The UN has repeatedly claimed that its Burma envoys are advocating to gain access to the displaced people in Burma. According to UN representatives, they have had trouble reaching the IDPs in conflict areas because of restrictions by the Burmese government. In a recent visit assessing Burma’s democratic reform, Envoy Tomas Ojea Quintana stated, “The government and all armed groups must do more to ensure the protection of civilians during armed conflict." Little has been done, however, and the Burmese offensive against the KIA actually intensified after Quintana’s departure. Physicians for Humanity, Human Rights Watch, Refugees International, and various other human rights agencies have voiced concerns over the country’s isolated refugees. Still, few have gained access to the camps, and the refugees remain in dire need of aid. Is it not the responsibility of human rights organizations to pursue and publicize human rights violations until they are resolved?
What is truly stopping the international community from intervening? Is it mere ignorance, stubbornness form the Burmese government, or a sheer unwillingness to get involved? The Kachin Women’s Association in Thailand (KWAT) has stated that the situation in Kachin State is being ignored because of the positive developments occurring in Burma. Could fellow nations truly poses such shallow motives—ignoring thousands of suffering people in order to preserve the feel-good bubble surrounding Burma’s current image? It seems that at this time—when the Burmese government has finally become receptive to democratic ideals—it would be relatively easy to negotiate with them and put an end to the mass human rights violations occurring within their borders.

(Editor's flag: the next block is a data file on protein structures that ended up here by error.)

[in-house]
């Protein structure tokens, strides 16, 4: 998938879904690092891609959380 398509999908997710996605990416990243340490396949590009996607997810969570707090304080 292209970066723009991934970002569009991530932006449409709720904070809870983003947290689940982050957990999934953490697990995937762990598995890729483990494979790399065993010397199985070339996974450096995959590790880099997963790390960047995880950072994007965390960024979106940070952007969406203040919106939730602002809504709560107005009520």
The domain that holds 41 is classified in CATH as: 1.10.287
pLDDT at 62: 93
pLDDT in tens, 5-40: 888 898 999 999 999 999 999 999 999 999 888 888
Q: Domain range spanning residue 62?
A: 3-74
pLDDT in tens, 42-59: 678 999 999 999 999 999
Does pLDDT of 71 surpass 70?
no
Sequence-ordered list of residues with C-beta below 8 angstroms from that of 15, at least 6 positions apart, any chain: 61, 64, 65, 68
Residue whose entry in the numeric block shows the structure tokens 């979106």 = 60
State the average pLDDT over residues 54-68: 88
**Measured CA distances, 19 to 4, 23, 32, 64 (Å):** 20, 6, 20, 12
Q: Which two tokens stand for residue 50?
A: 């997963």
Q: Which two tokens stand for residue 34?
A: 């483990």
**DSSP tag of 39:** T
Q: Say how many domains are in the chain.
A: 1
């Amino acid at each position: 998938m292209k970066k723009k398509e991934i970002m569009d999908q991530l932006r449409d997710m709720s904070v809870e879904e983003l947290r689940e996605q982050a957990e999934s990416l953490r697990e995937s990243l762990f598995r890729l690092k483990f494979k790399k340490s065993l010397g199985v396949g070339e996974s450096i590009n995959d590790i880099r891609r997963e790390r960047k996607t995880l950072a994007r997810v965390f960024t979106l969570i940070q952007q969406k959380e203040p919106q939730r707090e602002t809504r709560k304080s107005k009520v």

Furthermore, why has the media so blatantly skirted the conflict zones in their coverage of Burma’s political developments? People across the world have taken enormous interest in the developments within Burma yet remain largely uninformed about—or even unaware of—the war occurring along its borders. The situation facing Kachin refugees is breaking news and would have millions of people interested and concerned. If the media were to focus on the atrocities in Kachin State, the Burmese government would be subject to international exposure and pressure—for Burma remains in a sensitive political situation, and the world is watching to make sure it continues its positive steps.
The globe is shrinking as we become connected by information; we no longer have excuses for ignorance, and it is our responsibility—as citizens, media, governments, and organizations—to address injustice within the world arena. As neighbors in the international community, we must incite awareness and action to end the deteriorating situation in Kachin State and other ethnic states within Burma.
A mission beyond just behavioural changeNext >
- KIO's Gun Maw arrives in Washington as clashes displace 3,000 (News) 16 Apr 2014
- Heavy fighting on last day of census in Burma’s northern Kachin state (News) 12 Apr 2014
- Burma commander-in-chief warns of war (News) 12 Apr 2014
- Kachin state's NDA-K region to get park for rare monkey (News) 11 Apr 2014
- Sexual violence by Burma army still a major concern (News) 3 Apr 2014